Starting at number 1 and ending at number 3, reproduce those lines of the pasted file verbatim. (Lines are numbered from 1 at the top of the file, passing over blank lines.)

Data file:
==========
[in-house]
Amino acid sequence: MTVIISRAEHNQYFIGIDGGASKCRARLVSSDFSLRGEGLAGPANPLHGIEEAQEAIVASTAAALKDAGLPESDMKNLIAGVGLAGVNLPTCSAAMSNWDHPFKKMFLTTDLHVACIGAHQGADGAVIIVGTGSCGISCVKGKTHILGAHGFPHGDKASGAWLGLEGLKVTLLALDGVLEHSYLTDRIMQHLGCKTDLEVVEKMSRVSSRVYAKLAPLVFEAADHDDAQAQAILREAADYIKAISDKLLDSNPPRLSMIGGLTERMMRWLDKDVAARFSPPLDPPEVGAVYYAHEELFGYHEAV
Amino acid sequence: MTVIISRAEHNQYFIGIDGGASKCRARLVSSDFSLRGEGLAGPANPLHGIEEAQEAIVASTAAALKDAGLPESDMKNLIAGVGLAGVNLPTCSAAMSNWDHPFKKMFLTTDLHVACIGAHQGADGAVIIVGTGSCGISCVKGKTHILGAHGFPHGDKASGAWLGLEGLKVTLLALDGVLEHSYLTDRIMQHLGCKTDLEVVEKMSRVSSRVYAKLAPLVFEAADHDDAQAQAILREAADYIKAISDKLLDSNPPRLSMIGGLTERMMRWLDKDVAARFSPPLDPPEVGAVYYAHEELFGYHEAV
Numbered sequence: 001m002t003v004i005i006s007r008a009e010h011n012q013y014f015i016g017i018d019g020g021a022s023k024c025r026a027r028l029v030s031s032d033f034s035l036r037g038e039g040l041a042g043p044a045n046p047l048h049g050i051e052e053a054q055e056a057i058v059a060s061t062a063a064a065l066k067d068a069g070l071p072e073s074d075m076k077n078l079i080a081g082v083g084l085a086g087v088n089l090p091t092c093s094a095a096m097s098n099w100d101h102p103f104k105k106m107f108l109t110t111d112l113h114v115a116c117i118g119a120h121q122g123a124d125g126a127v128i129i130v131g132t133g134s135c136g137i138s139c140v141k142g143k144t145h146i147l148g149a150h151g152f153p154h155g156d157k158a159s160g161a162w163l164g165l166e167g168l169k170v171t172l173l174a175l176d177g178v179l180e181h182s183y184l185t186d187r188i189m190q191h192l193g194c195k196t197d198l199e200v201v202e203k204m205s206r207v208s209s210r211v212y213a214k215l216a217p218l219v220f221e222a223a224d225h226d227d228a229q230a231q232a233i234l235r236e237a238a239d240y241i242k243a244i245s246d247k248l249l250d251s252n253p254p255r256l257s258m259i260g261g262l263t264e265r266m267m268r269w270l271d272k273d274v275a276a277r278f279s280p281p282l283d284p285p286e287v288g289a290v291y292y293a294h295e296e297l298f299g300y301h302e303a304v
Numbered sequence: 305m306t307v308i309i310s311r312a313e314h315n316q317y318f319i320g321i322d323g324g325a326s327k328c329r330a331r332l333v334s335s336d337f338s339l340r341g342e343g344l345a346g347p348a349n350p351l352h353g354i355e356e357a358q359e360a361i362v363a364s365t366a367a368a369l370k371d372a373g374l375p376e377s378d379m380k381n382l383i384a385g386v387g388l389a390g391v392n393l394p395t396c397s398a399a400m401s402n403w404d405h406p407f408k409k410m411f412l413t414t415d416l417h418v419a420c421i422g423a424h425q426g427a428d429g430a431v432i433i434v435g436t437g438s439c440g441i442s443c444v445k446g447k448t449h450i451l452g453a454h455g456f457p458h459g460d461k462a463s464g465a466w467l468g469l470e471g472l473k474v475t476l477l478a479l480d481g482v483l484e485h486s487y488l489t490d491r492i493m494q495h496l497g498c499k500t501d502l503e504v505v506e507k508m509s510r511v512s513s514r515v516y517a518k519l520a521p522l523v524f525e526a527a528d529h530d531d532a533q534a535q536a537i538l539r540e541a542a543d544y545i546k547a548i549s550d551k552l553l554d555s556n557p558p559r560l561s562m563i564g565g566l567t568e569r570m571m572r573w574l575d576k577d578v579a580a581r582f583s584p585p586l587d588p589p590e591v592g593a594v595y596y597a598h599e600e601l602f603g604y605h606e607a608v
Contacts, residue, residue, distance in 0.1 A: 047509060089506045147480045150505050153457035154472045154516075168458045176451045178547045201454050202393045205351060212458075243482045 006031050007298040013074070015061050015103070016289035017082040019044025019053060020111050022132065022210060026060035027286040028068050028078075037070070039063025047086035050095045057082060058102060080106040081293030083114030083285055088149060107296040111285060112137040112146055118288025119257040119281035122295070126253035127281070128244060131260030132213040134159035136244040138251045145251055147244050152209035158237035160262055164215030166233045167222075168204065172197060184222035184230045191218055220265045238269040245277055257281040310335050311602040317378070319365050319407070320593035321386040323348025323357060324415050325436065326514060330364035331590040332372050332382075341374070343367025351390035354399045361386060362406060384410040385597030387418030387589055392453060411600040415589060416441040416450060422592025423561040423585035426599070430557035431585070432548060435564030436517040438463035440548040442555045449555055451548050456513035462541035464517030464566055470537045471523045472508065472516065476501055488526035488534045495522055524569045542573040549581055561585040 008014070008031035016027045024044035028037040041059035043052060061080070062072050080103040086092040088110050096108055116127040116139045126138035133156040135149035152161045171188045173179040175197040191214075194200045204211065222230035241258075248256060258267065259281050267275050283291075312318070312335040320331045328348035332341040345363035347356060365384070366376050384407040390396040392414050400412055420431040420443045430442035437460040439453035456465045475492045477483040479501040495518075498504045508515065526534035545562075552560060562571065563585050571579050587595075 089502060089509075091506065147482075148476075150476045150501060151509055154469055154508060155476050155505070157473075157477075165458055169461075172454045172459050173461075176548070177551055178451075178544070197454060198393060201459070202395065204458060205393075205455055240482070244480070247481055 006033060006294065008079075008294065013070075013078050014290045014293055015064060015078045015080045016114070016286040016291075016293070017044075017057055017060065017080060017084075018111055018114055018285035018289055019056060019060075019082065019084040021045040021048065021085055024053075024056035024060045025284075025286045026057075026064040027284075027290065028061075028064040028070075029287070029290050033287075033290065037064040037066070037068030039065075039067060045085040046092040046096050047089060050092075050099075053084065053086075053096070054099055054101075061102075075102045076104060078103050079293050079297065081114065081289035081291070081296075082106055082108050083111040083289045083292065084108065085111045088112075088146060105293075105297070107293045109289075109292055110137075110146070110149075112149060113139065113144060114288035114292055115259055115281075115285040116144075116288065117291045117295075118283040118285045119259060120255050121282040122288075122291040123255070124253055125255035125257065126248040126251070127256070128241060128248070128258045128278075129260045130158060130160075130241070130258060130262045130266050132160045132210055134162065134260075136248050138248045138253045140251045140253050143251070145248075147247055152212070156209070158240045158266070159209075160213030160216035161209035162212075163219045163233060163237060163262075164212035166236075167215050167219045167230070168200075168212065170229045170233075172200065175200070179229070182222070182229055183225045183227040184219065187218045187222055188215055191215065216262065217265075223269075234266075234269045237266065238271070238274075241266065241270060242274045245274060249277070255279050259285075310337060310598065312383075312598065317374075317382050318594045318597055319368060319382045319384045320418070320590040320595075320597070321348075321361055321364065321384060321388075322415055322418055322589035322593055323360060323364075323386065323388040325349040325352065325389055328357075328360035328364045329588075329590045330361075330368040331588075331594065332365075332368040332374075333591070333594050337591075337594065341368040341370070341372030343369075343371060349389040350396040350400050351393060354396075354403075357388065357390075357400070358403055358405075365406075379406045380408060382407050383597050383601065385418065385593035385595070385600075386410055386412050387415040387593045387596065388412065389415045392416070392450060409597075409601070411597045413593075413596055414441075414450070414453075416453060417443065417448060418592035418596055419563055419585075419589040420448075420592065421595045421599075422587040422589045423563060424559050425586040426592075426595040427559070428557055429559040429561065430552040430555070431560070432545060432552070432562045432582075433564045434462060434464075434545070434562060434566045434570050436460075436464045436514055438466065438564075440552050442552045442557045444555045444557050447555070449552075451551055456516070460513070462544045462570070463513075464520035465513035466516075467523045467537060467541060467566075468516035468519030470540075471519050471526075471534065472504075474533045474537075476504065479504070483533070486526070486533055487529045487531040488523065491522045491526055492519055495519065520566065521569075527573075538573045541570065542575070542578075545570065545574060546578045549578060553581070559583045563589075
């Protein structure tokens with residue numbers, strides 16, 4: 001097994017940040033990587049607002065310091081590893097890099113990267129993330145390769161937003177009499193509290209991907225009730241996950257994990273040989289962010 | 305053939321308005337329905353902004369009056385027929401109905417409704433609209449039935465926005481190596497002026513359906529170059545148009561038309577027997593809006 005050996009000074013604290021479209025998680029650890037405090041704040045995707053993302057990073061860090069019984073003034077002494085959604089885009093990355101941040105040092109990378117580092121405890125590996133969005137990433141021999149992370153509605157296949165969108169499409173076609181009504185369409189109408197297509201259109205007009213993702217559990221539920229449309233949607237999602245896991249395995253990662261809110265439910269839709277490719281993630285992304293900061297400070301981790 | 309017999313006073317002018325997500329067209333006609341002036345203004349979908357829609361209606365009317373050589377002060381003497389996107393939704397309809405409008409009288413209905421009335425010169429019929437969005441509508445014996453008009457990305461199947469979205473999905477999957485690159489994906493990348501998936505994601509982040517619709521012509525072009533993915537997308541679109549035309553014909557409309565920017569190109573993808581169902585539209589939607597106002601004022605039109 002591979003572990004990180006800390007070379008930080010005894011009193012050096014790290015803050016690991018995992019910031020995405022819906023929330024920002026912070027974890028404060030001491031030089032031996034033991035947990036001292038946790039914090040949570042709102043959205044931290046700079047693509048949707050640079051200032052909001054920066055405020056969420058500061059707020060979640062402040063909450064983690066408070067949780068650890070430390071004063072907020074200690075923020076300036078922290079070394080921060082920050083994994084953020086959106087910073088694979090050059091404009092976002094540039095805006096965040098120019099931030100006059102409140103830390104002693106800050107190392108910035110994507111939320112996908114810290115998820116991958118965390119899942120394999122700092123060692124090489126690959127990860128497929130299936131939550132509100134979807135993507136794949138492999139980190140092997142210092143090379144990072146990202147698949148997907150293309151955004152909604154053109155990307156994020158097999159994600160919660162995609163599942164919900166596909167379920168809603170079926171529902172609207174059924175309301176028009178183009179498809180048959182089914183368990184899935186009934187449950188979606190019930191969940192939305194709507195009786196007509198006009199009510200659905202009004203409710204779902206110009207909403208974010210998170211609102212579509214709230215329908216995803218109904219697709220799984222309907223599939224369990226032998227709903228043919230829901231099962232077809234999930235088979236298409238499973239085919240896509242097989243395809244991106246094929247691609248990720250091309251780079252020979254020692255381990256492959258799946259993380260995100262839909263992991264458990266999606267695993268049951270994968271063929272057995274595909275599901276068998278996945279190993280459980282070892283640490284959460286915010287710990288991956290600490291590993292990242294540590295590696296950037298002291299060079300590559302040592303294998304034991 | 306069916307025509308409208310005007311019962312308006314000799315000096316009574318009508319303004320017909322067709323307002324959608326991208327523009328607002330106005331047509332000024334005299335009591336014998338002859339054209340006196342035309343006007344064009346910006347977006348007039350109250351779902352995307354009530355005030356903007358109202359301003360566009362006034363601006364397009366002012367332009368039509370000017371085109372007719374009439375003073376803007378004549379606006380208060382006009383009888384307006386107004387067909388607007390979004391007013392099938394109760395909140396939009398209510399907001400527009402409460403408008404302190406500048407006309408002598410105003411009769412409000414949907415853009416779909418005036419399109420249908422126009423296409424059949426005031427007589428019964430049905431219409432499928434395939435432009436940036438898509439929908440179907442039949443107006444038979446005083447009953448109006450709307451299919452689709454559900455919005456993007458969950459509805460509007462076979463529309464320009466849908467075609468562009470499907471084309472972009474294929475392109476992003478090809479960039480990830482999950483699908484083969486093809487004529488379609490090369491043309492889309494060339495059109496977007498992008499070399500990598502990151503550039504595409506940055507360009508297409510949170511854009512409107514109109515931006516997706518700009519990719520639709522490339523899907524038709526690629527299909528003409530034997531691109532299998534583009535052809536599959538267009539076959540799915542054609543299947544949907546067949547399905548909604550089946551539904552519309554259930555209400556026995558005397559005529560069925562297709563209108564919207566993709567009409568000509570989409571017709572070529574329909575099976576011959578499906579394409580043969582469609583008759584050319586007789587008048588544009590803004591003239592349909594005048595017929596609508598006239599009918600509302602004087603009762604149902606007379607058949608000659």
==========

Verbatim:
[in-house]
Amino acid sequence: MTVIISRAEHNQYFIGIDGGASKCRARLVSSDFSLRGEGLAGPANPLHGIEEAQEAIVASTAAALKDAGLPESDMKNLIAGVGLAGVNLPTCSAAMSNWDHPFKKMFLTTDLHVACIGAHQGADGAVIIVGTGSCGISCVKGKTHILGAHGFPHGDKASGAWLGLEGLKVTLLALDGVLEHSYLTDRIMQHLGCKTDLEVVEKMSRVSSRVYAKLAPLVFEAADHDDAQAQAILREAADYIKAISDKLLDSNPPRLSMIGGLTERMMRWLDKDVAARFSPPLDPPEVGAVYYAHEELFGYHEAV
Amino acid sequence: MTVIISRAEHNQYFIGIDGGASKCRARLVSSDFSLRGEGLAGPANPLHGIEEAQEAIVASTAAALKDAGLPESDMKNLIAGVGLAGVNLPTCSAAMSNWDHPFKKMFLTTDLHVACIGAHQGADGAVIIVGTGSCGISCVKGKTHILGAHGFPHGDKASGAWLGLEGLKVTLLALDGVLEHSYLTDRIMQHLGCKTDLEVVEKMSRVSSRVYAKLAPLVFEAADHDDAQAQAILREAADYIKAISDKLLDSNPPRLSMIGGLTERMMRWLDKDVAARFSPPLDPPEVGAVYYAHEELFGYHEAV